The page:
The Conversation | 2 December 2019
How to protect the NHS in a post-Brexit trade deal with the US
by Andrew Hill
Senior Visiting Research Fellow, Translational Medicine, University of Liverpool
A US-UK trade deal is being negotiated, and drug prices are a key issue. Several US officials are demanding that foreign countries pay higher prices to US drug companies. The UK government is denying that drug prices will be included. But the UK is the weaker partner in this trade deal and might have to decide between accepting higher drug prices or risk not signing a new US trade deal at all.
US drug companies are seeking “full market access” to the UK and to have “competitive pricing”. In reality, this means that US companies would expect the NHS to treat all eligible patients with their new drugs, at prices set within free-market conditions. At the moment, NHS drug prices are controlled by the National Institute for Health and Care Excellence (Nice), which evaluates their value for money. Under new trading conditions of “competitive pricing”, a US-UK trade agreement could stop Nice from setting prices based on value.
NHS budgets are fixed and extra money spent on overly expensive drugs will take away funding for more NHS nurses and doctors in frontline services. Also, if the UK agreed to these conditions with the US and changed national laws, the NHS would have to accept the same conditions in new trade deals with other countries – as stipulated by World Trade Organisation rules. So the prices of drugs imported from other countries could rise as well.
Twenty years ago, drug prices in the US and UK were similar, but in 2003 a law was passed in the US (Medicare Part B legislation) that prevented the main US health authorities from negotiating prices. Since then, the prices of drugs have risen far more in the US than the UK.
Currently, the average spending on drugs in the US is 2.5 times higher than in the UK. If the UK had to pay US prices for all drugs (the worst case scenario), the additional cost would be £27 billion a year. That’s £519 million extra a week.
The US prices of the top 20 drugs (by NHS spend) are 4.4 times higher than the UK. Looking only at the top 20 drugs, the additional spending would be £11.7 billion a year (£215 million a week). There will be many other drugs outside this top 20 that would raise this burden even higher.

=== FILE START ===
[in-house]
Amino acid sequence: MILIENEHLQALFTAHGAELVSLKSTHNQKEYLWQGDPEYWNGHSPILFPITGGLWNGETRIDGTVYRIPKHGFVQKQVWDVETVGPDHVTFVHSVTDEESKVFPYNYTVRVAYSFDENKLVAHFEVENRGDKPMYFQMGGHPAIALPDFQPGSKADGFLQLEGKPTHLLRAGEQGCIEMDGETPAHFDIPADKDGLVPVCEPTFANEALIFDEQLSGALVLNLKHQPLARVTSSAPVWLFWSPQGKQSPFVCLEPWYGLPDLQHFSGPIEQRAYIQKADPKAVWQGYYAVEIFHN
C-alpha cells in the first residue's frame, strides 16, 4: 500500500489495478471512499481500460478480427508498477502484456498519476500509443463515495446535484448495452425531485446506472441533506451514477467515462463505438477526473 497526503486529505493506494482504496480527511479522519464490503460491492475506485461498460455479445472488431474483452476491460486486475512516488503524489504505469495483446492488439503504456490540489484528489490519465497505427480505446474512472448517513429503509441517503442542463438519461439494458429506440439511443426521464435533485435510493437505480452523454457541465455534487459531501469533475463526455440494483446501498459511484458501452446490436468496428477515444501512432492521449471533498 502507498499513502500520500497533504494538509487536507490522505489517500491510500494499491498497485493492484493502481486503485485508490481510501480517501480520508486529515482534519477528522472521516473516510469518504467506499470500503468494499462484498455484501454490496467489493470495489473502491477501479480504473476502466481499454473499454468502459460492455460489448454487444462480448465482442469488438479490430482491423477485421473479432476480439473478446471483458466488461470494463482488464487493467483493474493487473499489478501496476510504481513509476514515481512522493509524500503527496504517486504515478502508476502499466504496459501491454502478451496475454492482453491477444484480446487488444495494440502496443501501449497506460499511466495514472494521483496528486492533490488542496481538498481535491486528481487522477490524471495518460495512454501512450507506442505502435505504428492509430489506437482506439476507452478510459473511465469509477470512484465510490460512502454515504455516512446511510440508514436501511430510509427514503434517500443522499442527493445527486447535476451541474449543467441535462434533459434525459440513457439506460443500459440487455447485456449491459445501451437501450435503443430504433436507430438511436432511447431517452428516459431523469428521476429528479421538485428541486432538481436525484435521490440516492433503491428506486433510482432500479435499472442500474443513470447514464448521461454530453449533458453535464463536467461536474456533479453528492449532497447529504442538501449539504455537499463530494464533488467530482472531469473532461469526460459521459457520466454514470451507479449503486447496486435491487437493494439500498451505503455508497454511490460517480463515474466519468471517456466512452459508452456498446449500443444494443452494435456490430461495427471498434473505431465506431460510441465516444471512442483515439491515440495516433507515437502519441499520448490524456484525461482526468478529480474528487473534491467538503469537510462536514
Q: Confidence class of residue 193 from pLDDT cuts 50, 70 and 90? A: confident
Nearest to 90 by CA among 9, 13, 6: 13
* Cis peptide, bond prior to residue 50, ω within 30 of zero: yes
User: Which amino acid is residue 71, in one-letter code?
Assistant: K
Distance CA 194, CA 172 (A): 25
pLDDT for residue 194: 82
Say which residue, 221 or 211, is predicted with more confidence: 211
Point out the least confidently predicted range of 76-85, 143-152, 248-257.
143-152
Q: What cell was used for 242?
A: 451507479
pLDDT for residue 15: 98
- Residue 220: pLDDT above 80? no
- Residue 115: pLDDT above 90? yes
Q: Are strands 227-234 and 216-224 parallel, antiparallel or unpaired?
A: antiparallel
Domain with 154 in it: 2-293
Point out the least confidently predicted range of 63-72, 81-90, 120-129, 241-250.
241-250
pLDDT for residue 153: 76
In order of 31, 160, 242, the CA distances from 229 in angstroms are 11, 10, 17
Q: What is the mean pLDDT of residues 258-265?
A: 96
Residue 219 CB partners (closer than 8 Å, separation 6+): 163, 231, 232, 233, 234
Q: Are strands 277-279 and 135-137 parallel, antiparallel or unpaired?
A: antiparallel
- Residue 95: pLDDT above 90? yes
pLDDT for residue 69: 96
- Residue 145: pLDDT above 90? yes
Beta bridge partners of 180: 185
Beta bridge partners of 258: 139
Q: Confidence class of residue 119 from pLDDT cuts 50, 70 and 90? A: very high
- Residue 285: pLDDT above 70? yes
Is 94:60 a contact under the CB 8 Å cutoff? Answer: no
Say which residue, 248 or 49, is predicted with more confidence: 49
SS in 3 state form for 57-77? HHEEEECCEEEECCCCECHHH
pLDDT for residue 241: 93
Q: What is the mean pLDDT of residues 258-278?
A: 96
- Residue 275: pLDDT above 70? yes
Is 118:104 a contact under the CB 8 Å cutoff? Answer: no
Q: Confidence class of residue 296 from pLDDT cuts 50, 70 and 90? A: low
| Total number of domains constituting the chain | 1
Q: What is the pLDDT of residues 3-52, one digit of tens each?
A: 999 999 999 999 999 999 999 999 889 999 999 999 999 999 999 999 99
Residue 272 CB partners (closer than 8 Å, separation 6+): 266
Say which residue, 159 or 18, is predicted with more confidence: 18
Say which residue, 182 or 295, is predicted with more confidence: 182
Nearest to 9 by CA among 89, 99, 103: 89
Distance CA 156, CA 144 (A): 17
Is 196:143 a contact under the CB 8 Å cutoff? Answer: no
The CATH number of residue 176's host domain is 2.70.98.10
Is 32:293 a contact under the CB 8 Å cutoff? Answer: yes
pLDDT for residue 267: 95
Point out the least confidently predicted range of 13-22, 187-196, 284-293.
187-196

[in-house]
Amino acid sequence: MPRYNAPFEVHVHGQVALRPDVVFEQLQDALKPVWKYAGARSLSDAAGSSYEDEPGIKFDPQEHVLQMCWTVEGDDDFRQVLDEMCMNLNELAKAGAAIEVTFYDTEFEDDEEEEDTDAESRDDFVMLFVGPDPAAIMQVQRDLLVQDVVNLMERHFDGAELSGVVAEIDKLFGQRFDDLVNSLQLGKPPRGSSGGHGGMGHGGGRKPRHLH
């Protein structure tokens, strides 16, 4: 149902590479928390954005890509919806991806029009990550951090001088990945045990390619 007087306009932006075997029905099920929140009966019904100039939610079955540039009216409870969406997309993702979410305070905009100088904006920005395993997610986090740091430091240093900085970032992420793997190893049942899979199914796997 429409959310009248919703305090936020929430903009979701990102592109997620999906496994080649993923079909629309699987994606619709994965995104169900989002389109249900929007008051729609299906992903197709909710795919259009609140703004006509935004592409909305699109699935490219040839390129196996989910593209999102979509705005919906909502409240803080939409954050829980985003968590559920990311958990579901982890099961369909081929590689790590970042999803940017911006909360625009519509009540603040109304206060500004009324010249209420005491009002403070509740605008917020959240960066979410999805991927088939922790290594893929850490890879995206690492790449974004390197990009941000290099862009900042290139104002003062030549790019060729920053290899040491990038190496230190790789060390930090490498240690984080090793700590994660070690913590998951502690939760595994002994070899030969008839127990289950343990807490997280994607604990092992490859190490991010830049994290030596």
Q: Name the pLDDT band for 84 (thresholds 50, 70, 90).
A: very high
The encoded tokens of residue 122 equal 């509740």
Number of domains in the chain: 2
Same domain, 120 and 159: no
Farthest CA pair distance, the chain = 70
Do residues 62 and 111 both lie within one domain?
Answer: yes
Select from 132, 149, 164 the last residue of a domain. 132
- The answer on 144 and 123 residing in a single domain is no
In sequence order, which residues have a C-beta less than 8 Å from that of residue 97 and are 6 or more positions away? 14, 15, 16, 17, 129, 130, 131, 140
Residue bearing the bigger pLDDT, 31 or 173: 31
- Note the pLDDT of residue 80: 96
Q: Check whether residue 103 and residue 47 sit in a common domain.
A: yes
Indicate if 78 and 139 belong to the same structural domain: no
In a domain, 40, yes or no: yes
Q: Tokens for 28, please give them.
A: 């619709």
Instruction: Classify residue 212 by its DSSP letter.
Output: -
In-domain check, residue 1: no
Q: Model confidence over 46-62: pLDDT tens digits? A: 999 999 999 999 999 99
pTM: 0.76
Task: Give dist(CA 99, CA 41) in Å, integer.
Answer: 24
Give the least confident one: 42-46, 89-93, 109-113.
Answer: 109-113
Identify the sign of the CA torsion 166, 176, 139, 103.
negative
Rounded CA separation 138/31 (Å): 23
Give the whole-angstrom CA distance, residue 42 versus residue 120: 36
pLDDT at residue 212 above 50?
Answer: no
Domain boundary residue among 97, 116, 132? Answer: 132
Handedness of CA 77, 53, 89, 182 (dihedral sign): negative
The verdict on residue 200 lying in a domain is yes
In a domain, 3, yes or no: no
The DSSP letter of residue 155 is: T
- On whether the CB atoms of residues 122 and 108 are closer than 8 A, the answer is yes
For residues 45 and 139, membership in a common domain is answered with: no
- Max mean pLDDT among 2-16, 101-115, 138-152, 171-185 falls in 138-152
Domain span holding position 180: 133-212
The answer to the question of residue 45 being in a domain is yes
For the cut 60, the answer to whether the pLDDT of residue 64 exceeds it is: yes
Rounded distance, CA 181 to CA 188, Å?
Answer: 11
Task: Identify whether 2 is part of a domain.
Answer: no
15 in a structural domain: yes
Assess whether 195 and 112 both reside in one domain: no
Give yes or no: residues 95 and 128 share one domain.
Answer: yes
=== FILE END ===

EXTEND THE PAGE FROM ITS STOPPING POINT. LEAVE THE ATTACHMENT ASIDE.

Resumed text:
Enforced trading conditions
Other US trade deals include “investor state dispute settlements”, which allow US companies to take legal action to enforce trading conditions. If the UK signed this type of trade deal, US drug companies could then take the NHS to court to enforce higher drug prices. Even the threat of legal action could make the NHS hesitate before challenging high prices for a new drug. One US drug company – Eli Lilly – has already taken the Canadian government to court over drug patents.
The UK has the “voluntary price access scheme” or VPAS, which sets a limit on annual NHS drug spending. Companies in the VPAS have to refund any excess sales over this limit. But the NHS Confederation, a membership body for organisations that commission and provide NHS services, warns that US drug companies could take legal action against the NHS to cancel VPAS if a US-UK trade deal was signed because, again, the scheme would prevent “full market access” and “competitive pricing”.
US drug companies have an added incentive to raise prices in the UK because the UK provides “reference prices” for 14 other countries. These 14 other countries will not pay more than the UK prices for their drugs. So if prices rise in the UK, drug companies stand to gain elsewhere as well.
There are two solutions to this impending problem, which most political parties could agree to if they are truly committed to protecting the NHS.
First, pass a parliamentary bill that prevents trade deals with other countries from damaging NHS drug prices. This bill would enforce the exclusion of any conditions in new trade agreements that undermine the role of Nice, extend drug patents or allow other countries to take legal action against the NHS.
Second, request a written, legally binding, commitment from the US Board of Trade that negotiations on drug pricing will not include any reference to either “full market access”, “competitive pricing” or extending patents. The continued role of Nice controlling NHS drug prices needs to be guaranteed in this legal commitment from the US.